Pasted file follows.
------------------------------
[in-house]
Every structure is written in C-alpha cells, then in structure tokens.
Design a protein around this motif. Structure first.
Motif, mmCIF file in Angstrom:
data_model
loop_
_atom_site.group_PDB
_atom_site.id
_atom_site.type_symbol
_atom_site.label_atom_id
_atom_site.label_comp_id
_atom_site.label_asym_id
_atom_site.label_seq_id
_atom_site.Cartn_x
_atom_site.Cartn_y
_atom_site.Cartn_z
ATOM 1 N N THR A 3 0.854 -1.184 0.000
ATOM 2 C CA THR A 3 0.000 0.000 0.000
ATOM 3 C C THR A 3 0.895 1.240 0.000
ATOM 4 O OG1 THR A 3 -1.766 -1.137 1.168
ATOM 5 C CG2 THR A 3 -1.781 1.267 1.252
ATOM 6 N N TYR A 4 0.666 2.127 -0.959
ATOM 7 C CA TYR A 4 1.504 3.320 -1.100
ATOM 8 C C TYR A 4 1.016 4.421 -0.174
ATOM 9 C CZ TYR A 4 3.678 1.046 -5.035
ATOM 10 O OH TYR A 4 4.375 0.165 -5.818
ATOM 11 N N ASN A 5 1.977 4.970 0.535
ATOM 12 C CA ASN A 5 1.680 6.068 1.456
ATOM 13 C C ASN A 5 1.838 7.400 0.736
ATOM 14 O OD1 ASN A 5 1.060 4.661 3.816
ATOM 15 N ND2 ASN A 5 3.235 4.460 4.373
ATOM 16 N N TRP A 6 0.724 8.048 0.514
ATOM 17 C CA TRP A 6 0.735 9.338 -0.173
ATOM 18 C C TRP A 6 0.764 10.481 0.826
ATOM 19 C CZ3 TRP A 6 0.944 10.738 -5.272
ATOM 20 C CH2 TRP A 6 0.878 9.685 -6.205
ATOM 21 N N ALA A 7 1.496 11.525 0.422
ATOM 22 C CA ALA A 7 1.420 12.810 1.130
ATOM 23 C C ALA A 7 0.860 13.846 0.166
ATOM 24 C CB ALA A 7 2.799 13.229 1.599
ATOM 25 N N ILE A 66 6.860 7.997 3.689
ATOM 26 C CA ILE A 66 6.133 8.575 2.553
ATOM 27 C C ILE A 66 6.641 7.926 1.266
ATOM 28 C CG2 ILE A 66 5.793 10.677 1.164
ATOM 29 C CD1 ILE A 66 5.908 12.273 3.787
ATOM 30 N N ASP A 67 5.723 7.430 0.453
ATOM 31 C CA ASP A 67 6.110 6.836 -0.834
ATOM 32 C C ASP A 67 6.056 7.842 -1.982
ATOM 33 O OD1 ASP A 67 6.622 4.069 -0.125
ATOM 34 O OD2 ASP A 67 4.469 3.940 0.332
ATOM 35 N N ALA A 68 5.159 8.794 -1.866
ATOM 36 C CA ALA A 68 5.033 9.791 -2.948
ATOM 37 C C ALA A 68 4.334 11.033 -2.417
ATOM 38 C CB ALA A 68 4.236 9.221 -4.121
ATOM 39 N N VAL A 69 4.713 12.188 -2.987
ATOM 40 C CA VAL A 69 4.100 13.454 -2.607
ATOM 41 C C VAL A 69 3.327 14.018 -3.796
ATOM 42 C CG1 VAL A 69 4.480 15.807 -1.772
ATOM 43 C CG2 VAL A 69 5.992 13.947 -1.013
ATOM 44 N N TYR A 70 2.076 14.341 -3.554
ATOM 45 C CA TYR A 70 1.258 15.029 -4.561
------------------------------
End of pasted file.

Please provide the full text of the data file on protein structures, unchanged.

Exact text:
[in-house]
Every structure is written in C-alpha cells, then in structure tokens.
Design a protein around this motif. Structure first.
Motif, mmCIF file in Angstrom:
data_model
loop_
_atom_site.group_PDB
_atom_site.id
_atom_site.type_symbol
_atom_site.label_atom_id
_atom_site.label_comp_id
_atom_site.label_asym_id
_atom_site.label_seq_id
_atom_site.Cartn_x
_atom_site.Cartn_y
_atom_site.Cartn_z
ATOM 1 N N THR A 3 0.854 -1.184 0.000
ATOM 2 C CA THR A 3 0.000 0.000 0.000
ATOM 3 C C THR A 3 0.895 1.240 0.000
ATOM 4 O OG1 THR A 3 -1.766 -1.137 1.168
ATOM 5 C CG2 THR A 3 -1.781 1.267 1.252
ATOM 6 N N TYR A 4 0.666 2.127 -0.959
ATOM 7 C CA TYR A 4 1.504 3.320 -1.100
ATOM 8 C C TYR A 4 1.016 4.421 -0.174
ATOM 9 C CZ TYR A 4 3.678 1.046 -5.035
ATOM 10 O OH TYR A 4 4.375 0.165 -5.818
ATOM 11 N N ASN A 5 1.977 4.970 0.535
ATOM 12 C CA ASN A 5 1.680 6.068 1.456
ATOM 13 C C ASN A 5 1.838 7.400 0.736
ATOM 14 O OD1 ASN A 5 1.060 4.661 3.816
ATOM 15 N ND2 ASN A 5 3.235 4.460 4.373
ATOM 16 N N TRP A 6 0.724 8.048 0.514
ATOM 17 C CA TRP A 6 0.735 9.338 -0.173
ATOM 18 C C TRP A 6 0.764 10.481 0.826
ATOM 19 C CZ3 TRP A 6 0.944 10.738 -5.272
ATOM 20 C CH2 TRP A 6 0.878 9.685 -6.205
ATOM 21 N N ALA A 7 1.496 11.525 0.422
ATOM 22 C CA ALA A 7 1.420 12.810 1.130
ATOM 23 C C ALA A 7 0.860 13.846 0.166
ATOM 24 C CB ALA A 7 2.799 13.229 1.599
ATOM 25 N N ILE A 66 6.860 7.997 3.689
ATOM 26 C CA ILE A 66 6.133 8.575 2.553
ATOM 27 C C ILE A 66 6.641 7.926 1.266
ATOM 28 C CG2 ILE A 66 5.793 10.677 1.164
ATOM 29 C CD1 ILE A 66 5.908 12.273 3.787
ATOM 30 N N ASP A 67 5.723 7.430 0.453
ATOM 31 C CA ASP A 67 6.110 6.836 -0.834
ATOM 32 C C ASP A 67 6.056 7.842 -1.982
ATOM 33 O OD1 ASP A 67 6.622 4.069 -0.125
ATOM 34 O OD2 ASP A 67 4.469 3.940 0.332
ATOM 35 N N ALA A 68 5.159 8.794 -1.866
ATOM 36 C CA ALA A 68 5.033 9.791 -2.948
ATOM 37 C C ALA A 68 4.334 11.033 -2.417
ATOM 38 C CB ALA A 68 4.236 9.221 -4.121
ATOM 39 N N VAL A 69 4.713 12.188 -2.987
ATOM 40 C CA VAL A 69 4.100 13.454 -2.607
ATOM 41 C C VAL A 69 3.327 14.018 -3.796
ATOM 42 C CG1 VAL A 69 4.480 15.807 -1.772
ATOM 43 C CG2 VAL A 69 5.992 13.947 -1.013
ATOM 44 N N TYR A 70 2.076 14.341 -3.554
ATOM 45 C CA TYR A 70 1.258 15.029 -4.561